The Bechdel Test
What is the Bechdel Test?
The Bechdel Test, also known as the Bechdel-Wallace Test, was inspired by Alison Bechdel’s 1985 comic strip “The Rule,” and became a set of criteria to measure if women are represented in a film. Bechdel credited the idea for the test to a friend, Liz Wallace, who was likely inspired by Virginia Woolf’s essay “A Room of One’s Own.” For a film to pass the Bechdel Test, it must include at least two female characters speaking to each other about something other than a man. Several variants of the test have been proposed, for example, that the women must be named characters, or that there must be at least a total of 60 seconds of conversation.
Is it Still Relevant?
According to a 2014 study by the Geena Davis Institute on Gender in Media, in 120 films made worldwide from 2010 to 2013, only 31% of named characters were female, and 23% of the films had a female protagonist or co-protagonist. Another study looking at the 700 top‐grossing films from 2007 to 2014 found that only 30% of the speaking characters were female. A 2016 analysis of screenplays of 2,005 commercially successful films, found that in 82% of the films, men had two of the top three speaking roles, while a woman had the most dialogue in only 22% of films.
More recently, a 2018 BBC study found that just under half of the films named Best Picture at the Oscars have passed the test. With the addition of the three most recent winners — The Shape of Water, Green Book, and Parasite — that number comes to exactly half. Progress has hardly been linear: in 2020, three Best Picture nominees (The Irishman, 1917, Ford v Ferrari) failed the test, three were debated, (Marriage Story, Joker, Once Upon a Time in Hollywood), and only three (Little Women, Jojo Rabbit, Parasite) passed conclusively.
A recent report from the University of Southern California’s Annenberg Inclusion Initiative found that just 33.1% of speaking roles in 2018’s 100 top-grossing films went to women. In 2007, the same figure stood at 29.9%. The same report found that in films directed by women, the percentage of female speaking characters jumped to 47.6%. The study confirms that women on screen are objectified or exist simply to advance a male character’s storyline, and that even when female characters speak, they may not get to speak to each other or discuss anything other than a man, which proves the relevance of the Bechdel Test, even today.
Shortcomings of the Bechdel Test
There are many ways of measuring female representation in film — by number of characters to amount of speaking time — but the Bechdel Test is the most prominent criteria of measuring female representation in film, and many wonder why. It has been speculated that the reason is because it’s demands are simple and subjective, establishing a starting point to a greater goal. However, the most widely accepted explanation is that the Bechdel Test doesn’t quantify the number of women present on the screen, but their emotional depth and the range of their concerns. Its existence helps to identify stereotypical depictions and promote nuanced female characters.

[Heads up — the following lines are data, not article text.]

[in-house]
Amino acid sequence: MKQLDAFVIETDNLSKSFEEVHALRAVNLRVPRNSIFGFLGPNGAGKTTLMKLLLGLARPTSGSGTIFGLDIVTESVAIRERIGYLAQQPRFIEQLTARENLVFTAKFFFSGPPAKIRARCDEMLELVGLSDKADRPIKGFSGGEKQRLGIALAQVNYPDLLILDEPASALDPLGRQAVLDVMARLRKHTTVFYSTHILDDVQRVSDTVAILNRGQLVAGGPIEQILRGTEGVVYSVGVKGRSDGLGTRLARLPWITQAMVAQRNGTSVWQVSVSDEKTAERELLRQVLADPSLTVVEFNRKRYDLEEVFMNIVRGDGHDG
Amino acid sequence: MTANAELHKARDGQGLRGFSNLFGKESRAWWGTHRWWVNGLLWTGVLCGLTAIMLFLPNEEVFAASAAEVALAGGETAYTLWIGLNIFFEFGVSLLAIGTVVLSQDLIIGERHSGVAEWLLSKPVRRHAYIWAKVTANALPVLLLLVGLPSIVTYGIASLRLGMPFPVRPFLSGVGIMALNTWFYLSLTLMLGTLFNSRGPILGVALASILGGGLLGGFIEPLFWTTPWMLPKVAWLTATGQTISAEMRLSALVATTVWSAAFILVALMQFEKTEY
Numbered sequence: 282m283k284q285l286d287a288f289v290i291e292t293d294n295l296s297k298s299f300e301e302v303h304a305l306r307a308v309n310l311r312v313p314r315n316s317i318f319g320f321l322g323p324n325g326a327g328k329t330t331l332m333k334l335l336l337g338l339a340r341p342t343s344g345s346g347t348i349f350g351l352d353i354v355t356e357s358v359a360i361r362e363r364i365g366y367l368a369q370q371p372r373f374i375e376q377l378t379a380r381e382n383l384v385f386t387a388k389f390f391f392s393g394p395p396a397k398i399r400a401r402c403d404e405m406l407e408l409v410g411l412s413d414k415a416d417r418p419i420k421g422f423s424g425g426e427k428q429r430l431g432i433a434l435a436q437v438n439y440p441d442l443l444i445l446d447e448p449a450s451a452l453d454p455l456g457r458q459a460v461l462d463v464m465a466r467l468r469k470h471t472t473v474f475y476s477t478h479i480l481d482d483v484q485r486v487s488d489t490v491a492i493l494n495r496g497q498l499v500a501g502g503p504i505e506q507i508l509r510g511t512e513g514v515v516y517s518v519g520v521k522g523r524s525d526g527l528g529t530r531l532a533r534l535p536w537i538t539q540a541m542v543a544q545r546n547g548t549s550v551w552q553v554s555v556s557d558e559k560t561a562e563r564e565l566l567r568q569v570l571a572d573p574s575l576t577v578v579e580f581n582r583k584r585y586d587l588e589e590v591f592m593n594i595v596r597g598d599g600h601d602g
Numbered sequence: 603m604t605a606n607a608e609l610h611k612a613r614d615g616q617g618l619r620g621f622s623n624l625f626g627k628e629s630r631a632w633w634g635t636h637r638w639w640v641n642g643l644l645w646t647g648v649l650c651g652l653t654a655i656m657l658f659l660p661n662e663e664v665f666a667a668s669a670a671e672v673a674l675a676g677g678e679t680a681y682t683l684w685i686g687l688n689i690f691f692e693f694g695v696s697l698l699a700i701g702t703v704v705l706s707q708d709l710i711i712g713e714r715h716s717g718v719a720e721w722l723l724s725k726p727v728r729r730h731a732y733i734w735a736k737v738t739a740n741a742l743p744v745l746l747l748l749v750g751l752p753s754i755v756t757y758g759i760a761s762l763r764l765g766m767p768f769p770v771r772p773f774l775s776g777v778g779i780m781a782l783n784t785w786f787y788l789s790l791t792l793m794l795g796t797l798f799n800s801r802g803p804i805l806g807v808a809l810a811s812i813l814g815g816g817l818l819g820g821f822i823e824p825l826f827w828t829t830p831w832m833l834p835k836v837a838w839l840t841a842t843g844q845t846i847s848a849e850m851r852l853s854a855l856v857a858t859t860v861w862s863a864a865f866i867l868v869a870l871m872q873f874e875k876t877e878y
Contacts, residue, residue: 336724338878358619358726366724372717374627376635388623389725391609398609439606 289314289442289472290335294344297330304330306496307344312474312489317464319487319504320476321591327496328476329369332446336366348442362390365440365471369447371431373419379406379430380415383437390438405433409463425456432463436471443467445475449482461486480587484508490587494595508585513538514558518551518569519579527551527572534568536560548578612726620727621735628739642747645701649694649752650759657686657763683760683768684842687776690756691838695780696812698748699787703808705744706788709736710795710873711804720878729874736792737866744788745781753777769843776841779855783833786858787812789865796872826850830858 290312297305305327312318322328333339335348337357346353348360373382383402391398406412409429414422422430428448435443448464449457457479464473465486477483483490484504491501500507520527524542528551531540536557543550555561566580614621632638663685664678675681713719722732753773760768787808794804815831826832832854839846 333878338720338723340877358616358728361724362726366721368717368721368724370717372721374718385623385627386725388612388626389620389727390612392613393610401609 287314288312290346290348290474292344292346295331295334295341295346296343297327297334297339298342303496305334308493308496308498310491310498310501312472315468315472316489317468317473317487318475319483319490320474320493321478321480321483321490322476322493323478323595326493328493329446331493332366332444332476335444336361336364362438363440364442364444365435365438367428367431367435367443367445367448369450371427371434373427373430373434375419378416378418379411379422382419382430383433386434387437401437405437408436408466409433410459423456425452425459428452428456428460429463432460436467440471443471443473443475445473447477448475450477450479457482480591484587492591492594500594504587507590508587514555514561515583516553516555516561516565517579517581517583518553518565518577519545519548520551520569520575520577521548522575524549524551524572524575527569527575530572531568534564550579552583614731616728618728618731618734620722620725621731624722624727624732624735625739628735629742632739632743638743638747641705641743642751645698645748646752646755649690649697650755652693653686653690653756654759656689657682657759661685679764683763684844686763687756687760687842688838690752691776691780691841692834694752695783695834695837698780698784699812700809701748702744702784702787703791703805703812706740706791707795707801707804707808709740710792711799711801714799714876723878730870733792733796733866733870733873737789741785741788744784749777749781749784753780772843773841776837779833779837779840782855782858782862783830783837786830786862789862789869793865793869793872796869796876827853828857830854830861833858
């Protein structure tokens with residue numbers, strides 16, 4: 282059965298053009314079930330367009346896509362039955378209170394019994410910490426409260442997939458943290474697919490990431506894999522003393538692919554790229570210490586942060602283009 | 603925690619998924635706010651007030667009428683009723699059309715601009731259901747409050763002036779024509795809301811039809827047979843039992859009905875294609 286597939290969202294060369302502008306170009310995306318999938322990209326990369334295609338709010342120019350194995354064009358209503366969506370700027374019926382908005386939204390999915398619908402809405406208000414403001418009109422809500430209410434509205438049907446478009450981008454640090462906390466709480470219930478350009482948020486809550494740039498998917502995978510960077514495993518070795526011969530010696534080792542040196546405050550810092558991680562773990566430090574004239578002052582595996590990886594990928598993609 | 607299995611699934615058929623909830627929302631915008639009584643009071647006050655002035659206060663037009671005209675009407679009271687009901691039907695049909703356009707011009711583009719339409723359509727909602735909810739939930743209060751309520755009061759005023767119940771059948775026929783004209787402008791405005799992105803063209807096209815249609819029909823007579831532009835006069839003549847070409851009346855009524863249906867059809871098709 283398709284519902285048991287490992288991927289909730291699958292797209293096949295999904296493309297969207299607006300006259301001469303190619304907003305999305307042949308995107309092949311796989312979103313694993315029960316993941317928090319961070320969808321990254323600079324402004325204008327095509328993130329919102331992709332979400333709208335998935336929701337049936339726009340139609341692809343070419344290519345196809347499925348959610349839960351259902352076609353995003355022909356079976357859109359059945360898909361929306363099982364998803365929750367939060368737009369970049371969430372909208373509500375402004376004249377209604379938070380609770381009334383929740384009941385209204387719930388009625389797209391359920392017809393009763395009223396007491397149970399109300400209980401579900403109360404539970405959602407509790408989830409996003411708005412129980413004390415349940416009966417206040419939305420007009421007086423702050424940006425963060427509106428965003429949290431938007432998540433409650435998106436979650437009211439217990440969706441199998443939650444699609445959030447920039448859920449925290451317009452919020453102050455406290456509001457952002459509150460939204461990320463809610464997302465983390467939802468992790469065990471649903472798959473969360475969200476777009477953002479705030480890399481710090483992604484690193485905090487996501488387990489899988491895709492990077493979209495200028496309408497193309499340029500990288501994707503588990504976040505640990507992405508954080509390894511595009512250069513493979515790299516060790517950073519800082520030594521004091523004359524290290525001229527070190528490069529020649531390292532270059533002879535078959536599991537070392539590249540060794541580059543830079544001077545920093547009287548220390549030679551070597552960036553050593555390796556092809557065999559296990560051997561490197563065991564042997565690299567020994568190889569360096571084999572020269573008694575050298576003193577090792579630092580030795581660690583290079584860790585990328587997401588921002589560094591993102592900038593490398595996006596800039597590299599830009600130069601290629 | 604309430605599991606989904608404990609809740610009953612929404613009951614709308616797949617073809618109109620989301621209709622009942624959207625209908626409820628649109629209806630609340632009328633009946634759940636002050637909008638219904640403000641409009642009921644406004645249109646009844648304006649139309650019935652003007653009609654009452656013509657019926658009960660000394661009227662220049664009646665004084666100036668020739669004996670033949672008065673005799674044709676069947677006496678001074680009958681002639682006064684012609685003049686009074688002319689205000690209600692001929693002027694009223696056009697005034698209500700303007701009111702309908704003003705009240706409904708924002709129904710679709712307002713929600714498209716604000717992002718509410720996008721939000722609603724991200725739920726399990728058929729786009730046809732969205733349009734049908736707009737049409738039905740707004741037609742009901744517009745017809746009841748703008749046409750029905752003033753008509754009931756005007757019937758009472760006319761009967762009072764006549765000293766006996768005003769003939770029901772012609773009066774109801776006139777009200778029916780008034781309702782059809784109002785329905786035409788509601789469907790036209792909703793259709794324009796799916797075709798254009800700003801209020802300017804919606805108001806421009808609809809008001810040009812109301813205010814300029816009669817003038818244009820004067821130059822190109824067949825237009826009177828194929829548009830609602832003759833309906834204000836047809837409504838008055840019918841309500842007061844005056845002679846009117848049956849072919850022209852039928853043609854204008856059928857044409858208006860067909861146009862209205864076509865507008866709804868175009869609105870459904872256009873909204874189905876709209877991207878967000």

The Bechdel Test isn’t a feminist Litmus test, nor a definitive analysis of whether a film is good or bad; passing or failing the test isn’t necessarily indicative of how well women are represented, and it definitely has its flaws. While it’s simplicity made it popular, it is also its downfall: some films that fail the test still overcome gender stereotypes and portray nuanced female characters, such as Gravity. Conversely, some films pass on technicalities, such as American Hustle, in which Jennifer Lawrence and Amy Adams conversed with each other about nail polish.
Alternatives to the Bechdel Test
Alternatives to the Bechdel Test have been researched and developed, notably in 2017 by FiveThirtyEight and its campaign to create the next Bechdel Test, asking female filmmakers to devise new ways of calculating gender and racial imbalance. Emmy-winning writer Lena Waithe asked that films have a black female character who is in a position of power and in a healthy relationship; actor Rory Uphold asked that the on-set crew be 50 per cent women; and writer Noga Landau asked that the film’s female lead not end up dead, pregnant or causing problems for the male lead.
The Mako Mori Test, inspired by Pacific Rim, asks that films have a female character who has her own narrative arc and does not exist only to support a man’s story. The Racial Bechdel Test assesses whether two characters of colour hold a conversation about something other than a white person, and the similar DuVernay Test, named for Black filmmaker Ava DuVernay and coined by critic Manohla Dargis, measures whether Black characters “have fully realized lives rather than serve as scenery in white stories.” The less serious Furiosa Test is applicable to films that “anger men’s rights activists,” and the even less serious Sexy Lamp Test, invented by writer Kelly Sue DeConnick, is applicable if a female character can be removed from the story and replaced by a sexy lamp without repercussions to the plot.
In an ideal world, we wouldn’t need tests, but because of the current gender imbalance in the media, we need metrics that draw attention to these injustices and challenge them. The Bechdel Test has been doing exactly that for 35 years. It may not have achieved all it intended to, and it has its flaws, but in becoming more conscious about content consumption, we can ensure that almost all future releases pass it, and hopefully, the alternative tests as well. Showing major studios that there is public demand for representation is the only way to get meaningful female representation on screen — and in doing so, help pave the way for equality on film sets and behind the lens, too.
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